Chinatown (1974)

Polanski’s greatest accomplishment, and one of the finest American films ever made from the ’70s.

Rating: 5 out of 5.

Dir. Roman Polanski
1974 | USA | Drama/Mystery/Thriller | 130 mins | 2.35:1 | English
NC16 (passed clean) for sexual references

Cast:  Jack Nicholson, Faye Dunaway, John Huston
Plot: A private detective hired to expose an adulterer finds himself caught up in a web of deceit, corruption, and murder.
Awards: Won 1 Oscar – Best Original Screenplay. Nom. for 10 Oscars – Best Picture, Best Director, Best Leading Actor, Best Leading Actress, Best Cinematography, Best Film Editing, Best Art Direction, Best Costume Design, Best Original Score, Best Sound.
Distributor: Paramount

Accessibility Index
Subject Matter: Moderate
Narrative Style: Complex
Pace: Slightly Slow
Audience Type: Slightly Mainstream

Viewed: DVD
First Published: 6 Jun 2008
Spoilers: No

Roman Polanski.  The name conjures up memories of his recent masterpiece, The Pianist (2002), which gave him his much deserved Best Director Oscar.  

The name, however, also reminds of the controversy that surrounded him three decades ago in which he was charged with statutory rape and then cowardly fled to his native Poland to escape charges. 

The mystery and allure of Polanski can be felt in his films, especially his earlier pictures including Chinatown, which is considered by most to be his best film ever.  

Nominated for eleven Oscars including Best Picture and Director, it bagged one for Best Original Screenplay by Robert Towne in a year dominated by Francis Ford Coppola’s The Godfather Part II.  

Chinatown is a vintage 1970s picture.  The use of abstract color, slightly surreal picture quality, and the establishment of bleak and grim moods make this a contemporary film-noir of the highest standard.  In fact, another successful modern film-noir – Curtis Hanson’s crime thriller, L.A Confidential (1997), very much drew inspiration from Chinatown.

“Forget it, Jake. It’s Chinatown.”

Towne’s screenplay is one of the best achievements of the 1970s.  Full of mystery and unexpected revelations, the story weaves its way to a climatic finale that is both shocking and tragically beautiful at the same time.  

Set in America before WWII, it explores the social issues of that era.  Be it water, irrigation issues or the problem of greed and the abuse of authority, Towne intelligently examines the consequences of such issues against the backdrop of a simple yet complex ‘Sherlock Holmesresque’ case.

Jack Nicholson and Faye Dunaway are extraordinary in their roles.  They have great on-screen chemistry as well as excellent acting capabilities.  This is even more remarkable as Towne’s script is a tough nut to crack, requiring the mastery of emotion and role awareness.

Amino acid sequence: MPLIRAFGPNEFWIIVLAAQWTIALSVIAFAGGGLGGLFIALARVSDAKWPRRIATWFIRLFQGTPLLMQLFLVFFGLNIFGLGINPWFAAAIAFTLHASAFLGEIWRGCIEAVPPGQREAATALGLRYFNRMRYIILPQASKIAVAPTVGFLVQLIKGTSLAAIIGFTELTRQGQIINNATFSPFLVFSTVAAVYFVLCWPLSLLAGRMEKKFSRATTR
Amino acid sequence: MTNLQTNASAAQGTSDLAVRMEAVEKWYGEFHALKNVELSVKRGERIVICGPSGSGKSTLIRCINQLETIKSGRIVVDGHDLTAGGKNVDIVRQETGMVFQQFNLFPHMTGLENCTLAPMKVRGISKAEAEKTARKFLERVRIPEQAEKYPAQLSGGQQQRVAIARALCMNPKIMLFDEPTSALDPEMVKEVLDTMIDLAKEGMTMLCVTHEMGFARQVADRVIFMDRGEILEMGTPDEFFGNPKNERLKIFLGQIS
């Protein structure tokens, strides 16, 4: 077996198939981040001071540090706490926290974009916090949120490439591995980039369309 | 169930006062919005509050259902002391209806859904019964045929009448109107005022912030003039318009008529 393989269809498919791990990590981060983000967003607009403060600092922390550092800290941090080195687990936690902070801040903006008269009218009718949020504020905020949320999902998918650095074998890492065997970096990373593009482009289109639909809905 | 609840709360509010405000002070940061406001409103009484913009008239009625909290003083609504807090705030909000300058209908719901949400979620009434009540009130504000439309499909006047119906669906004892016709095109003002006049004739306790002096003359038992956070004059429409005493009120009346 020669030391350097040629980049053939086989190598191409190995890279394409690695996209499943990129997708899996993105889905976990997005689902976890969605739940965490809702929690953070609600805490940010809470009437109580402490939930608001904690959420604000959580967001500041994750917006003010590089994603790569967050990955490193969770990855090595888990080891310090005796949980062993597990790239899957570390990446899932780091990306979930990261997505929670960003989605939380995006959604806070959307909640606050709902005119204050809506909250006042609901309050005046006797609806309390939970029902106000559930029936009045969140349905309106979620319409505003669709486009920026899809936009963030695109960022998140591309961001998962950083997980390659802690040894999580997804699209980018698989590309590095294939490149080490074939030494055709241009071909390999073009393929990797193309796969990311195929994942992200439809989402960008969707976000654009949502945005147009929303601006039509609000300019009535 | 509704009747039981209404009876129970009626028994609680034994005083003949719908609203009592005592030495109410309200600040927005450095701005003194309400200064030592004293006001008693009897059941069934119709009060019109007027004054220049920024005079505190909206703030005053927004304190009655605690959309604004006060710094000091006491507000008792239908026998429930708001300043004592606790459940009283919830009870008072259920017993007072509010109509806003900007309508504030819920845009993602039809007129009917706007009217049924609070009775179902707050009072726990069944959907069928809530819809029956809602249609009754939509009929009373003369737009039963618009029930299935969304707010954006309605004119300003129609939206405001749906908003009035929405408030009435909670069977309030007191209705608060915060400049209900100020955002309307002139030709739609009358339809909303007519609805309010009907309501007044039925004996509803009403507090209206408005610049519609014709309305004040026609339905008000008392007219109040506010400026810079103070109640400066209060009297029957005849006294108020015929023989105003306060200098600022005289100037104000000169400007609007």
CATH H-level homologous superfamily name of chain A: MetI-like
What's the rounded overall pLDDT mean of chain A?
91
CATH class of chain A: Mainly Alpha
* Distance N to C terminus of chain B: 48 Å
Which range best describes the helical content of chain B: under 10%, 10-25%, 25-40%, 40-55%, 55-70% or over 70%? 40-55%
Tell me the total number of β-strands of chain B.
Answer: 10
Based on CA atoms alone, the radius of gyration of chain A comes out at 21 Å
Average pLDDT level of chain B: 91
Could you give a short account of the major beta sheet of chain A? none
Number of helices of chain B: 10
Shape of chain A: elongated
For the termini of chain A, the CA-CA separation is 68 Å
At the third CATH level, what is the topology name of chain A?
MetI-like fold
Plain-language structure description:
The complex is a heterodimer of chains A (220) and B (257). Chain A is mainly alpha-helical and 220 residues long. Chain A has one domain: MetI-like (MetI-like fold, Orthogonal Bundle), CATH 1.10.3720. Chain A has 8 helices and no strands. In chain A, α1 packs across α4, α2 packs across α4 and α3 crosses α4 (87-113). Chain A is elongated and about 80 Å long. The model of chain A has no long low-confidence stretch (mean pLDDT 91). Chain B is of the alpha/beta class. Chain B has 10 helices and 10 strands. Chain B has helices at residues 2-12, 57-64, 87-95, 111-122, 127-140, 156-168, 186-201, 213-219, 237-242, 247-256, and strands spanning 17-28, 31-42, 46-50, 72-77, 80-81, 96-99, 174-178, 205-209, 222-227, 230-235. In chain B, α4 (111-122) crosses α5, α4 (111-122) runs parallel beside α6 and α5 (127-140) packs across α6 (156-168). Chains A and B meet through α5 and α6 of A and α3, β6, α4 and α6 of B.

Chinatown is the film that alerted the world to Nicholson’s talent, joining the likes of Dustin Hoffman, Robert De Niro, and Al Pacino as one of the greatest living actors to come out of the that decade.

The pacing of Chinatown is deliberately slow, thus viewers can find time to appreciate the artistic values that the film offers in abundance.  Polanski does not show a scene in its directness; in fact he tends to imply certain things (e.g. the presence of someone, the consequence of an action) in abstract ways. 

“My goodness, what happened to your nose?”

Despite the leisured pacing, Chinatown manages to engage viewers with its presentation and filming techniques.  Often, the Oscar-nominated music by Jerry Goldsmith echoes the heartless and cheerless world that the characters live in, very much the same way Bernard Hermann’s score for Martin Scorsese’s Taxi Driver (1976) would accomplish two years later. \

In addition, Polanski’s skillful use of suspense works to perfection here, almost to unbearable levels in some sequences.  It’s no wonder he’s often called the closest successor to Hitchcock. 

Chinatown is an evergreen picture of such immense quality that most critics rightly believe it to be one of the best films ever made.  Subsequent viewings not only enhance our appreciation, but help us realize that Towne’s screenplay is so much deeper and hold significant relevance to the whole construct of the plot than most of us would care to analyze.

Grade: A+




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